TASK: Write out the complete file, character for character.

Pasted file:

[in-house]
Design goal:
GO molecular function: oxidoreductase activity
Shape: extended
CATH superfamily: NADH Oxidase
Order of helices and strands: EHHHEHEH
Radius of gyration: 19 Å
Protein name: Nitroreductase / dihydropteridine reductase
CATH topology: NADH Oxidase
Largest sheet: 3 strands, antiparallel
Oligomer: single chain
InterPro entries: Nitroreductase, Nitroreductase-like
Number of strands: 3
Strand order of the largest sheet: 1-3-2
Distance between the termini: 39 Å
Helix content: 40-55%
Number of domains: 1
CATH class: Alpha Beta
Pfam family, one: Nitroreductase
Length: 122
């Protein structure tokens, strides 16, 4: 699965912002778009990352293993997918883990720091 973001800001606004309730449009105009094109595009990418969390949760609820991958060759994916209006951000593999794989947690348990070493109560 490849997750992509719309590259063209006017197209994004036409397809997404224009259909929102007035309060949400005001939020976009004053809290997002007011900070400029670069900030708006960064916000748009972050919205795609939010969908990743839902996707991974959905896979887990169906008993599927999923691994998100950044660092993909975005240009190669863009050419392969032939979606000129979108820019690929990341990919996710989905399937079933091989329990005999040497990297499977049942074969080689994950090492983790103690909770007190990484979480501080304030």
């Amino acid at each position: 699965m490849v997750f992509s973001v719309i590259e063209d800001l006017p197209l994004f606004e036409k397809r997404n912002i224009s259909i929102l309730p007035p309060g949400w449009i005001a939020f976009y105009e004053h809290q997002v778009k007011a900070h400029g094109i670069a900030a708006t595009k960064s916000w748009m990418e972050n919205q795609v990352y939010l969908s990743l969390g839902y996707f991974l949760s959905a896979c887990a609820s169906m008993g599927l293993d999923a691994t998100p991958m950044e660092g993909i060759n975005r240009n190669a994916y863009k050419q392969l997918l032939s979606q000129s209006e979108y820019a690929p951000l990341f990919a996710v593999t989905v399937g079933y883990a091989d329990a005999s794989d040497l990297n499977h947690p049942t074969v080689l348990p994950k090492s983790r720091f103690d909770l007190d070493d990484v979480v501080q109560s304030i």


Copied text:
[in-house]
Design goal:
GO molecular function: oxidoreductase activity
Shape: extended
CATH superfamily: NADH Oxidase
Order of helices and strands: EHHHEHEH
Radius of gyration: 19 Å
Protein name: Nitroreductase / dihydropteridine reductase
CATH topology: NADH Oxidase
Largest sheet: 3 strands, antiparallel
Oligomer: single chain
InterPro entries: Nitroreductase, Nitroreductase-like
Number of strands: 3
Strand order of the largest sheet: 1-3-2
Distance between the termini: 39 Å
Helix content: 40-55%
Number of domains: 1
CATH class: Alpha Beta
Pfam family, one: Nitroreductase
Length: 122
């Protein structure tokens, strides 16, 4: 699965912002778009990352293993997918883990720091 973001800001606004309730449009105009094109595009990418969390949760609820991958060759994916209006951000593999794989947690348990070493109560 490849997750992509719309590259063209006017197209994004036409397809997404224009259909929102007035309060949400005001939020976009004053809290997002007011900070400029670069900030708006960064916000748009972050919205795609939010969908990743839902996707991974959905896979887990169906008993599927999923691994998100950044660092993909975005240009190669863009050419392969032939979606000129979108820019690929990341990919996710989905399937079933091989329990005999040497990297499977049942074969080689994950090492983790103690909770007190990484979480501080304030």
């Amino acid at each position: 699965m490849v997750f992509s973001v719309i590259e063209d800001l006017p197209l994004f606004e036409k397809r997404n912002i224009s259909i929102l309730p007035p309060g949400w449009i005001a939020f976009y105009e004053h809290q997002v778009k007011a900070h400029g094109i670069a900030a708006t595009k960064s916000w748009m990418e972050n919205q795609v990352y939010l969908s990743l969390g839902y996707f991974l949760s959905a896979c887990a609820s169906m008993g599927l293993d999923a691994t998100p991958m950044e660092g993909i060759n975005r240009n190669a994916y863009k050419q392969l997918l032939s979606q000129s209006e979108y820019a690929p951000l990341f990919a996710v593999t989905v399937g079933y883990a091989d329990a005999s794989d040497l990297n499977h947690p049942t074969v080689l348990p994950k090492s983790r720091f103690d909770l007190d070493d990484v979480v501080q109560s304030i």